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I've been looking for some great guides on setup and technique, but I can't really seem to find any which aren't for the Prologue version of the game.

Anyone got any ideas, links or tips?

Ta

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2 Answers 2

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I know you're looking for GT5 guides, but I really don't see any.

Here is a great video showing a guy drifting a TVR Tamora on an asphalt track. Notice the white and red bars on the bottom left side of the screen (throttle and brake, respectively). He's being very delicate except for the last turn. http://www.youtube.com/watch?v=ScHVTmV-3Wo

I have had the best luck drifting in a short-ish, high horsepower FR (front-engined, rear wheel drive cars). MR, FF, or 4WD cars simply don't work well for drifting. A softer suspension setting also helps you tell when the rear end of the car is letting go, and allows you a little more time to catch a spin. Mediocre tires (Sport hard or medium) actually help get the rear end to break loose, like you want.

As far as technique is concerned, you'll see the guy in the video using a LOT of full throttle gas in and throughout the turns; only letting off when he's about to crash or spin the car. Accurate throttle control is the hardest part of drifting. Doing a little 'Scandinavian flick' into each turn really helps to push the rear end of the car out... but don't over do it, or the car will spinout. It take a lot of practice to get that technique down so that you can do it consistently without crashing.

A steering wheel and pedals helps, especially since it give you more accurate throttle control.

Interestingly, finding the exact make and model of car that works best isn't easily predictable. I have successfully used a few ridiculous car that have actually worked quite well (on gravel, at least), like the land-yacht Buick Special. It seems that the sloppy, tail-happy cars that don't work very well for racing (like the TVR and the Buick), work pretty well for drifting.

I hope that helps!

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Hmm, good point. I've got an S2000 which I tune for drift, with lots of toe in and hard rear tyres. –  DavidYell Jan 24 '11 at 9:28

Personally, I believe ANYTHING can be drifted, at least respectably. FR and 4WD (with a 10:90 to 25:75 ratio) are the best if you're a drifting purist who wish to avoid using the e-brake. If your an e-brake ripper, MR with turbo/supercharger and very close gear ratios are great vehicle since you need that extra "slide" to get around the fact that your car isn't front heavy. In FF vehicles, HARD COMFORT TIRES, LOW POWER, and stubborn suspension seems to be the only way I can get cars to slide without either going crazy or just straightening themsleves out.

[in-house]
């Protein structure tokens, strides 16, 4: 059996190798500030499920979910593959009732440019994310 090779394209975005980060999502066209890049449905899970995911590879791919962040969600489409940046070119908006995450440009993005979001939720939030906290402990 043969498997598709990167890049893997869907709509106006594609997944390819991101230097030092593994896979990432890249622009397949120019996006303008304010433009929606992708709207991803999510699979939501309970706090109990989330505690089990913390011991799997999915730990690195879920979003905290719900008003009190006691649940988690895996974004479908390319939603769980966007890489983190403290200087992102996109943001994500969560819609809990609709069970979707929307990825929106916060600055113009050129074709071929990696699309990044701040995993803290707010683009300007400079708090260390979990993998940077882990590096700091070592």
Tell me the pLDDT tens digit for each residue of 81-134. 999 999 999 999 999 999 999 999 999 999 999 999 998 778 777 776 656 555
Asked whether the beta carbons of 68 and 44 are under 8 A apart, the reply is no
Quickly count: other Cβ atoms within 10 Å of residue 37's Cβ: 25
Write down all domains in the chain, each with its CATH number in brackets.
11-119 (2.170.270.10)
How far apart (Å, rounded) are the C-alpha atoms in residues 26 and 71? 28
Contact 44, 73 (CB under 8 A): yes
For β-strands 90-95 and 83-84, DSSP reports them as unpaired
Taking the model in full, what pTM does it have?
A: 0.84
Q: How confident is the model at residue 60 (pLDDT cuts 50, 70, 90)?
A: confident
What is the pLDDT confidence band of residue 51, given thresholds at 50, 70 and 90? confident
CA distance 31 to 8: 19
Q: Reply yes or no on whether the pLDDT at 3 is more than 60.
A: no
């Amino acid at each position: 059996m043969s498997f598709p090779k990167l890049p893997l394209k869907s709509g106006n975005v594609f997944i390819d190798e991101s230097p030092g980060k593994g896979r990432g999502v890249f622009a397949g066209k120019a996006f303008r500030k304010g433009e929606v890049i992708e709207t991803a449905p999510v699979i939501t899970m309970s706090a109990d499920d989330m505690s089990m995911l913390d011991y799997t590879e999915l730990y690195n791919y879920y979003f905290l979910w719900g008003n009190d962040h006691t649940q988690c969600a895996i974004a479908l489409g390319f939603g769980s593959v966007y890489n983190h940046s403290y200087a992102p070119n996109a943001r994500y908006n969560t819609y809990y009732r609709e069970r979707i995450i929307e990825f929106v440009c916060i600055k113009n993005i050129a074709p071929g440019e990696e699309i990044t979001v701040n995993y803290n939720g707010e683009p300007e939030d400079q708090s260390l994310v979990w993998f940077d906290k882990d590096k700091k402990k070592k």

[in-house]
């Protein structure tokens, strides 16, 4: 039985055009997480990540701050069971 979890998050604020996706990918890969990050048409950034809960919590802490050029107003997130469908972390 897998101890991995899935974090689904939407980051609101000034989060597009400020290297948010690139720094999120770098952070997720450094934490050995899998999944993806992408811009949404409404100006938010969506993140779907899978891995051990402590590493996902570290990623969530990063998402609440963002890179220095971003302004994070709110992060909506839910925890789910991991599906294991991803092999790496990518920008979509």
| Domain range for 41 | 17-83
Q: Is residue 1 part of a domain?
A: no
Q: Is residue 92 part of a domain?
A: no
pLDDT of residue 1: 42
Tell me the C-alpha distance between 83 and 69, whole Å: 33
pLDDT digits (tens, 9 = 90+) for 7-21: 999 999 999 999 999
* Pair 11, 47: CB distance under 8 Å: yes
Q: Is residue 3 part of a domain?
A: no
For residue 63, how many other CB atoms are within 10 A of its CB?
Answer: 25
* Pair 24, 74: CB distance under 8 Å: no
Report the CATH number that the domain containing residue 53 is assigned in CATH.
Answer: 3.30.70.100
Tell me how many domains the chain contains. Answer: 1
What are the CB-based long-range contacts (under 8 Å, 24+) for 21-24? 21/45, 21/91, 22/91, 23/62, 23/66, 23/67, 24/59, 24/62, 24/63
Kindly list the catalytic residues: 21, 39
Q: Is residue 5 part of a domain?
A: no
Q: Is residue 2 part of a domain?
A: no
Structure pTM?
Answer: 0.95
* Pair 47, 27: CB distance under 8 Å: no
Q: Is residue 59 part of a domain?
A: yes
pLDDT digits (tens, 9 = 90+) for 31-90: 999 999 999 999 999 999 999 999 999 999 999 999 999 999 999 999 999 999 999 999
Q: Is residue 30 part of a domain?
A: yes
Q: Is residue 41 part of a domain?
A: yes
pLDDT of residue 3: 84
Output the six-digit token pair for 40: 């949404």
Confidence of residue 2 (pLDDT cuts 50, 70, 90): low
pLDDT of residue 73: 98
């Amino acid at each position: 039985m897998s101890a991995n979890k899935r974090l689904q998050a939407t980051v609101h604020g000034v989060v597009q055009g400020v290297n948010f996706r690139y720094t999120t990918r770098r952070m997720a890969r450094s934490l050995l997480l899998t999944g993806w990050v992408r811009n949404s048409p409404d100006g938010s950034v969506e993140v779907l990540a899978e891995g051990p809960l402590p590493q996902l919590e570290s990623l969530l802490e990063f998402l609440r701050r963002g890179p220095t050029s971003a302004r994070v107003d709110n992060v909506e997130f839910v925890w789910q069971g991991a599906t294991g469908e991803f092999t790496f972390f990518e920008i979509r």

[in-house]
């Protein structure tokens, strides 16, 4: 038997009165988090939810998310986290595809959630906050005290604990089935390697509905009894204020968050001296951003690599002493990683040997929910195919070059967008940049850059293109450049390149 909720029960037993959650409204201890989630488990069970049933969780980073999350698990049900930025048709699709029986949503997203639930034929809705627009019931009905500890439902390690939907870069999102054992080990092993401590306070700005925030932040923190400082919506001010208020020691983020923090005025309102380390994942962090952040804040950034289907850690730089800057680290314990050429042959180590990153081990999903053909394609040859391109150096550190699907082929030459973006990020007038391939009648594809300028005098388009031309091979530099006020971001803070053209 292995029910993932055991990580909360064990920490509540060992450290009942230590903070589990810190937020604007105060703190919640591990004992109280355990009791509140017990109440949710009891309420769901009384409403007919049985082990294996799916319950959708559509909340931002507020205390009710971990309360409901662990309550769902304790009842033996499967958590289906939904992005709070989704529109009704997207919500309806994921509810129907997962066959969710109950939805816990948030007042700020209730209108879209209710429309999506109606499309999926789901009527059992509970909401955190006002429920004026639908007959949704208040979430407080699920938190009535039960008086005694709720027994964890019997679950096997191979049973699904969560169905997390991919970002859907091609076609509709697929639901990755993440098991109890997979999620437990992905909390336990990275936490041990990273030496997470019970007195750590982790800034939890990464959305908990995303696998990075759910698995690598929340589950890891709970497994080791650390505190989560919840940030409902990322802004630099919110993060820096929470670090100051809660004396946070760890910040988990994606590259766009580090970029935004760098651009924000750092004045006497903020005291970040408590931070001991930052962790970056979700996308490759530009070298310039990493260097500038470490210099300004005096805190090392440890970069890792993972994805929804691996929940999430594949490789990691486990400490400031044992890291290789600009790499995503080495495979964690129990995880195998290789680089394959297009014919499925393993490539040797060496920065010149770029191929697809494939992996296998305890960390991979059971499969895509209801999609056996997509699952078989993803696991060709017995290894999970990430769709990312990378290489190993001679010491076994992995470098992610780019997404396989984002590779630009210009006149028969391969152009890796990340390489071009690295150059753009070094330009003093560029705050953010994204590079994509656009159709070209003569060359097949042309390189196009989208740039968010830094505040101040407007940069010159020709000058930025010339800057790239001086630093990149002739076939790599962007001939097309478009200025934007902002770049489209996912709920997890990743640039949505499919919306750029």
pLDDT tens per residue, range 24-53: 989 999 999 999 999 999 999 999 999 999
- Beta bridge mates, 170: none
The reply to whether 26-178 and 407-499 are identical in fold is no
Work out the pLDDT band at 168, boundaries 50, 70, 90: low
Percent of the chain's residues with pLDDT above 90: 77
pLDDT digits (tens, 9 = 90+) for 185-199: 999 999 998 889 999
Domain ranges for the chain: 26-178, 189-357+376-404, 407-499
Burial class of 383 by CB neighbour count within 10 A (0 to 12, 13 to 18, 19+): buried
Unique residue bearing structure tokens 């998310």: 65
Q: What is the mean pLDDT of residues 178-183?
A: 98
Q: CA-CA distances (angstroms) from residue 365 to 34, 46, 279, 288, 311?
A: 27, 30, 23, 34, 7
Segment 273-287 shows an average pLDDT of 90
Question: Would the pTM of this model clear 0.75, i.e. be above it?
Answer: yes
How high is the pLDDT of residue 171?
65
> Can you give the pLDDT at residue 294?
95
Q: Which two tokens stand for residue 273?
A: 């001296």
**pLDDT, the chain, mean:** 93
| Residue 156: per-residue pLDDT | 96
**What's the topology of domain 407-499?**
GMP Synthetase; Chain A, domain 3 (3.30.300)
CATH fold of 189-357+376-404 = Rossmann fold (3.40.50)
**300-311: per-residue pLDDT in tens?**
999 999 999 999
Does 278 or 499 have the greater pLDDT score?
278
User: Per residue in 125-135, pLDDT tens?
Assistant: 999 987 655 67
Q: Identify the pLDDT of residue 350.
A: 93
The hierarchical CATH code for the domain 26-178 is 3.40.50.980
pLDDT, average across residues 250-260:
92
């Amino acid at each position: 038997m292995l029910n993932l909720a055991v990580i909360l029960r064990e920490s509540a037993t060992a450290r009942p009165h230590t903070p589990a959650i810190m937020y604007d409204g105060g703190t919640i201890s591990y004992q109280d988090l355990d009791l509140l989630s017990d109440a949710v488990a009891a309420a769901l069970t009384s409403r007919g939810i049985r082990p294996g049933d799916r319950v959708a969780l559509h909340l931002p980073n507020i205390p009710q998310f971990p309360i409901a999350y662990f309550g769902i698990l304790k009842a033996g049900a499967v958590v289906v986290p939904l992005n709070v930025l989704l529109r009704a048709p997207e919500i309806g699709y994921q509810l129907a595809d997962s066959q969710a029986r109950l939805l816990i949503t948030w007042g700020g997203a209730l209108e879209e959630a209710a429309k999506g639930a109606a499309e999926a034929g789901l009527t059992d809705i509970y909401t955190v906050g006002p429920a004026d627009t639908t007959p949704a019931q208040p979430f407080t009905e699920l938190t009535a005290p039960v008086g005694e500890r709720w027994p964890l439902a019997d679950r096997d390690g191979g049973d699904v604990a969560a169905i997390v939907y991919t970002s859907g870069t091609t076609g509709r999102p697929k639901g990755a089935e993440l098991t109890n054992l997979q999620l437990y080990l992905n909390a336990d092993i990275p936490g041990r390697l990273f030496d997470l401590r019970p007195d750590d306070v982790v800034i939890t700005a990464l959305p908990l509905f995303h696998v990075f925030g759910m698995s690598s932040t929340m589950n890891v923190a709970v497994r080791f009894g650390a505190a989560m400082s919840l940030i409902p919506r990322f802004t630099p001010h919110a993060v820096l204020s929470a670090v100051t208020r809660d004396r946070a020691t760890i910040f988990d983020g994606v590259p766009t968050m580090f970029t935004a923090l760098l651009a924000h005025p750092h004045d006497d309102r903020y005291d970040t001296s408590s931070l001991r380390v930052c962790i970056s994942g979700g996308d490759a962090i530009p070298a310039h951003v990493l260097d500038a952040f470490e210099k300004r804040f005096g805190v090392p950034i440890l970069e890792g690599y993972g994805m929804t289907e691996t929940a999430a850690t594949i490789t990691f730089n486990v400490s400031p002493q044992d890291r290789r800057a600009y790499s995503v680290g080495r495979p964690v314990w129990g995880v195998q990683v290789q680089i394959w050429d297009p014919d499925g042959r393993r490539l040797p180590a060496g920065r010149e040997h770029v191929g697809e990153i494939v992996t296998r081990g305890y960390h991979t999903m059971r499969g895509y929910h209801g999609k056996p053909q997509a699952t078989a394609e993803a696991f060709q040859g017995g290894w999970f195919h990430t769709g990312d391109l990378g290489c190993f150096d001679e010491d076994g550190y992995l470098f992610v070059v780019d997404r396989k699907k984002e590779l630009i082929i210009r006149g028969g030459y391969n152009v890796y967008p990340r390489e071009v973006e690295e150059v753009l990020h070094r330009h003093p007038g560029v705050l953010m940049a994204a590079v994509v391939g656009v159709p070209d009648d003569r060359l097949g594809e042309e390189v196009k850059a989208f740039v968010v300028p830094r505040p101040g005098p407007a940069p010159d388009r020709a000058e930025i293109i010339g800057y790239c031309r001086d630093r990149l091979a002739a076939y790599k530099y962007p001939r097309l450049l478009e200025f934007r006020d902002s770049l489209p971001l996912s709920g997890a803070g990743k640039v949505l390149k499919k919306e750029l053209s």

Aside from FF vehicles, it is essential that you adjust the LSD. This can be adjusted on every car and can significantly change the driving nature of the vehicle. Acc and Init. Torque should be maxed out while Brake should be minimized. It's easier if you go with that and stick with that although I'd admit I usually use A:60 T:55 B:15 for FR and MR and A:55 T:55 B:10 for 4WD.

If you are tight on money, I recommend instead of maxing out everything as soon as you purchase your drift vehicle you configure it in this order:

LSD, Semi-Racing Fly Wheel, Drive Shaft, balance controller (for 4WD), Tires (Sport Hards have way too much grip but can be used on 700BHP cars and up), Transmission (Either 5 gear close or Fully Custom with top speed between 130 and 180), Suspension (Height Adjustable is just fine - email me for 1 on 1 help), Weight Reduction (the 1st stage is more than enough), Engine stage 1, Turbo/Supercharger, Anything else after that.

I hope this helps. I'm not currently sitting in front of my system so I apologies for everything that's missing but again, message me and I'll be happy to help.

Inbox me anytime on PSN. l2oI that's a lower-case "L" the number "2" lower-case "O" and capital "I"

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